A teen has to figure out the difference between desire and talent.
|Luke wanted to try out for one of the school teams. Trying to decide which team was the issue at hand, as well as finding the right time to tell the school newspaper adviser that he could no longer be the paper's editor. He loved writing and editing, but there would not be enough time for all that he loved.
If he were to follow in his brother's footsteps and play football, he would always be compared to his hero sibling. The more he thought about how annoying that would be, Luke decided against football.
He decided against track because it only held meets on the weekend. The same for the swim team. He wanted most weekends free for his creative writing. Luke's true love was basketball. He just plain liked the idea of playing an inside sport, partly because he always burned instead of tanning.
When Luke told the newspaper adviser Mr. Horne that he had to quit, it was one of the hardest things he had ever done. Breaking up with a girlfriend that he didn't have might have been less painful. Hypothetically having to move during his senior year would have hurt him significantly less.
The pain Luke felt about leaving the newspaper made him wonder if trying out for the basketball team was his best option after all. If he did not make the team, he would not be the newspaper editor. He would also not be a sports hero like his older brother had been.
The first basketball practice was on a Friday. By the end of this session, Luke was worn out. Even the shower he'd taken afterward did not help to relax his sore muscles. To make matters worse, he had to hobble to his car. On the way home, he realized he had to amplify his morning and evening workouts.
On Sunday Luke drove to a bookstore. He was still sore but no longer hobbling. After asking the clerk where to find a workout book, he found and leafed through the best picks. He chose one, then found one about sports writing and another on refereeing. Luke paid the clerk and drove home.
The three books were spread out on Luke's bed. First he chose to look through the workout book, reading the first three chapters and using the tips he found in an impromptu workout.
From what he could tell, he felt that this book would provide valuable insight into preparation for practice. After the workout, Luke read the last three chapters, then worked out again before taking a shower and getting dressed for bed. He was pleased, and now made the time to look at the other books.
Why he had bought these other two books was a partial mystery to him. While he had many interests, Luke knew there would not be time for anything other than workouts and b-ball practices. Sports writing and refereeing would simply be subjects to read about when season was over.
The number and complexity of Luke's workouts increased over the next few weeks, as did his ability to play the different positions he was assigned. He liked defense the best, but played offense with studied determination. Even though he played hard, he found that as time went by his commitment waned.
At home after workouts he would make time to read the sports writing book, because he had never written about sports during his school newspaper tenure. He believed he could be a sports writer if he didn't make the b-ball team. He believed he could be a referee, too, if only he wasn't a player.
Luke realized that the major reason he wanted to play b-ball was to show his family that he was sports hero material, maybe good enough to win a college scholarship as his brother had done.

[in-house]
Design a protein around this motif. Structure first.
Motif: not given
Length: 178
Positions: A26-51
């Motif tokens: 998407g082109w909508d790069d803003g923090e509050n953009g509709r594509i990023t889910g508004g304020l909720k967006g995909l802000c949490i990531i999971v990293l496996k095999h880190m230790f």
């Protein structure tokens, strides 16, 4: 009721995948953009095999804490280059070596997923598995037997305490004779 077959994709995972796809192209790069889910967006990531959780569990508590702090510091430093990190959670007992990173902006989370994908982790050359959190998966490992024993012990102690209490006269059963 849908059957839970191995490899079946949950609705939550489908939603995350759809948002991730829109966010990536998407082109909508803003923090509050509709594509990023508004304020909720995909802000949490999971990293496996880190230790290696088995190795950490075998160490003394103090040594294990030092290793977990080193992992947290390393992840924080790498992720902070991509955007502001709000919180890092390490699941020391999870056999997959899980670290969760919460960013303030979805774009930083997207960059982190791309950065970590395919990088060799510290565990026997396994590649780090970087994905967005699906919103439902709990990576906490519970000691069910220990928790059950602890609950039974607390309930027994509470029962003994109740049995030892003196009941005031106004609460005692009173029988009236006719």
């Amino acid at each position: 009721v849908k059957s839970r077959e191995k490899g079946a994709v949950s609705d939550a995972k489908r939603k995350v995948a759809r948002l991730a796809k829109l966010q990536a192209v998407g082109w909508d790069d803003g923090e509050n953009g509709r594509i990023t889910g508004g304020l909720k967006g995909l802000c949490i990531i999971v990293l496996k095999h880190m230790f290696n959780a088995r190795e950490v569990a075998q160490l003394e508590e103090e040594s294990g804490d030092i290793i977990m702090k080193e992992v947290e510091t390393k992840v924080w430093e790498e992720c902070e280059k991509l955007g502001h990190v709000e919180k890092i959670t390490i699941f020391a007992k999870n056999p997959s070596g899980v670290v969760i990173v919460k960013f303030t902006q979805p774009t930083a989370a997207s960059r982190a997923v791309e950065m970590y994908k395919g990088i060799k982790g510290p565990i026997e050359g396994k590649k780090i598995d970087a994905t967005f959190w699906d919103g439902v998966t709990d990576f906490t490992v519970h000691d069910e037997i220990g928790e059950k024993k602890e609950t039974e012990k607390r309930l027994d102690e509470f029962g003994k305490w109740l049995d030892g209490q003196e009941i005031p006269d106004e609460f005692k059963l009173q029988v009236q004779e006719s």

He had gauged his own playing abilities against those of the other players, and he believed he was lacking. He did not feel at home on the court, as he had in the role of newspaper editor and felt that he would as sportswriter. He quit the b-ball team, and made an appointment to see Mr. Horne.
He was relieved when Mr. Horne was happy to see him.
The sportswriter on the newspaper had secured the position of editor, so Luke took on sports writing right away. He also enrolled in YMCA-sponsored refereeing classes which took place one weekend. Feeling confident his book had adequately prepared him, he mastered refereeing with no problem.
Luke refereed at the b-ball practices and absolutely loved it. He had the first hand experience to really grasp what was happening on the court. When he was finished at the practice, he immediately went to the newspaper office and wrote an article on how having played the game made him a better referee.
It was the first article he had written since he left the newspaper. Luke's fellow students congratulated him on a job well done. Then he wrote another article that he thought was really more of an essay. It was on what he had learned in the past several weeks and how others might benefit.
Mr. Horne placed this second article on the editorial page because it was so powerful. It revealed that a negative belief, Luke's decision that he was not a good enough b-ball player, could evolve into a decision that led him back to writing and into refereeing.
Luke mentioned in the article how he had been determined at first to play b-ball, but his determination was partially based on wanting to emulate his sports hero brother. Winning a sports scholarship was laudable, but everyone knew there were other scholarships to win.
Also in the article was a replay of how instinct can play a huge part in decisions. Buying the sports writing and refereeing books resulted from Luke having paid attention to subconscious prodding.
Luke's article and editorial won statewide recognition. He was awarded a scholarship in journalism. He was overjoyed, and promised himself to never ignore his instincts. His motto..................belief yields such sweet relief.